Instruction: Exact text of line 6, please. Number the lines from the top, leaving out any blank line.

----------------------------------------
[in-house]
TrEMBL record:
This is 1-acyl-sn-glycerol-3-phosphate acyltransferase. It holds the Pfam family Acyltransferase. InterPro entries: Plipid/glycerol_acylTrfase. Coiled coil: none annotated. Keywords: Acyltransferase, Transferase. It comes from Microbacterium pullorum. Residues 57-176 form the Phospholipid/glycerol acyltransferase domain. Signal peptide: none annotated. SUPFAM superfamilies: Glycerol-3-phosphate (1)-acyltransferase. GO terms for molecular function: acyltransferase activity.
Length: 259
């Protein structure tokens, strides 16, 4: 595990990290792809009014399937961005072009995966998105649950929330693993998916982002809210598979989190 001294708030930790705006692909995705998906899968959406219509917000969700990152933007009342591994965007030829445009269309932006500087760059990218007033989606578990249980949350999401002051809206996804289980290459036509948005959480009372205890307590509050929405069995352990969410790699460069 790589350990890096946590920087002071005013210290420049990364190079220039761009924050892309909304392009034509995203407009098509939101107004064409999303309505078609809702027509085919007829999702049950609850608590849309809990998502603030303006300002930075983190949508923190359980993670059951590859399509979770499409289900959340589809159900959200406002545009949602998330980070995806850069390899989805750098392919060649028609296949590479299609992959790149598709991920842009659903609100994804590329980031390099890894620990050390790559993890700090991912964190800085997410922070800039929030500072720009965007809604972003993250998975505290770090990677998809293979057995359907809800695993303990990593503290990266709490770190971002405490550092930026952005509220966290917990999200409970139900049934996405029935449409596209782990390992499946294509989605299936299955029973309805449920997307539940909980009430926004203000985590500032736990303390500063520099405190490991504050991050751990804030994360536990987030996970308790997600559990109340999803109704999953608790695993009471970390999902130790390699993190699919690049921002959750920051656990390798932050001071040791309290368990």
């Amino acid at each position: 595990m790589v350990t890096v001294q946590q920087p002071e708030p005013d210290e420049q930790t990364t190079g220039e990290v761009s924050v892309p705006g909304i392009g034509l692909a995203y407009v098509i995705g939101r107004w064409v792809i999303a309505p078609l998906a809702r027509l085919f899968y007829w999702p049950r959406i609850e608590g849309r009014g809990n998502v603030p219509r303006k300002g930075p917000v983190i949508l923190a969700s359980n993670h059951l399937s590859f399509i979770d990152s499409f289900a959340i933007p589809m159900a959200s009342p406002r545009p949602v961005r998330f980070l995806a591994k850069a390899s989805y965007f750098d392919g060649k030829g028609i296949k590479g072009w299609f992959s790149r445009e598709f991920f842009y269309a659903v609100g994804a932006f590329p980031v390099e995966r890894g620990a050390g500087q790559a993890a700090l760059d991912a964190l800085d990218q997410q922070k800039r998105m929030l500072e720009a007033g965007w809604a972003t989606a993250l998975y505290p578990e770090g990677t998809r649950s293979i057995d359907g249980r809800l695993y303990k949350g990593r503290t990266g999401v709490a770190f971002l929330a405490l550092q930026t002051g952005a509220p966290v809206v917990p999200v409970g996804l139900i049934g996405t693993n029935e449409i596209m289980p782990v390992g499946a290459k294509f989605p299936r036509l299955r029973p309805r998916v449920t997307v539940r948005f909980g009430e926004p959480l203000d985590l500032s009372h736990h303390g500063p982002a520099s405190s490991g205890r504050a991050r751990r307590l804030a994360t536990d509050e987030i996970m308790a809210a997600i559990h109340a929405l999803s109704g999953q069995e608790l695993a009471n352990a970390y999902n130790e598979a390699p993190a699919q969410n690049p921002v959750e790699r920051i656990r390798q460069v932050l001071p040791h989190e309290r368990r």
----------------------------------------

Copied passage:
């Amino acid at each position: 595990m790589v350990t890096v001294q946590q920087p002071e708030p005013d210290e420049q930790t990364t190079g220039e990290v761009s924050v892309p705006g909304i392009g034509l692909a995203y407009v098509i995705g939101r107004w064409v792809i999303a309505p078609l998906a809702r027509l085919f899968y007829w999702p049950r959406i609850e608590g849309r009014g809990n998502v603030p219509r303006k300002g930075p917000v983190i949508l923190a969700s359980n993670h059951l399937s590859f399509i979770d990152s499409f289900a959340i933007p589809m159900a959200s009342p406002r545009p949602v961005r998330f980070l995806a591994k850069a390899s989805y965007f750098d392919g060649k030829g028609i296949k590479g072009w299609f992959s790149r445009e598709f991920f842009y269309a659903v609100g994804a932006f590329p980031v390099e995966r890894g620990a050390g500087q790559a993890a700090l760059d991912a964190l800085d990218q997410q922070k800039r998105m929030l500072e720009a007033g965007w809604a972003t989606a993250l998975y505290p578990e770090g990677t998809r649950s293979i057995d359907g249980r809800l695993y303990k949350g990593r503290t990266g999401v709490a770190f971002l929330a405490l550092q930026t002051g952005a509220p966290v809206v917990p999200v409970g996804l139900i049934g996405t693993n029935e449409i596209m289980p782990v390992g499946a290459k294509f989605p299936r036509l299955r029973p309805r998916v449920t997307v539940r948005f909980g009430e926004p959480l203000d985590l500032s009372h736990h303390g500063p982002a520099s405190s490991g205890r504050a991050r751990r307590l804030a994360t536990d509050e987030i996970m308790a809210a997600i559990h109340a929405l999803s109704g999953q069995e608790l695993a009471n352990a970390y999902n130790e598979a390699p993190a699919q969410n690049p921002v959750e790699r920051i656990r390798q460069v932050l001071p040791h989190e309290r368990r």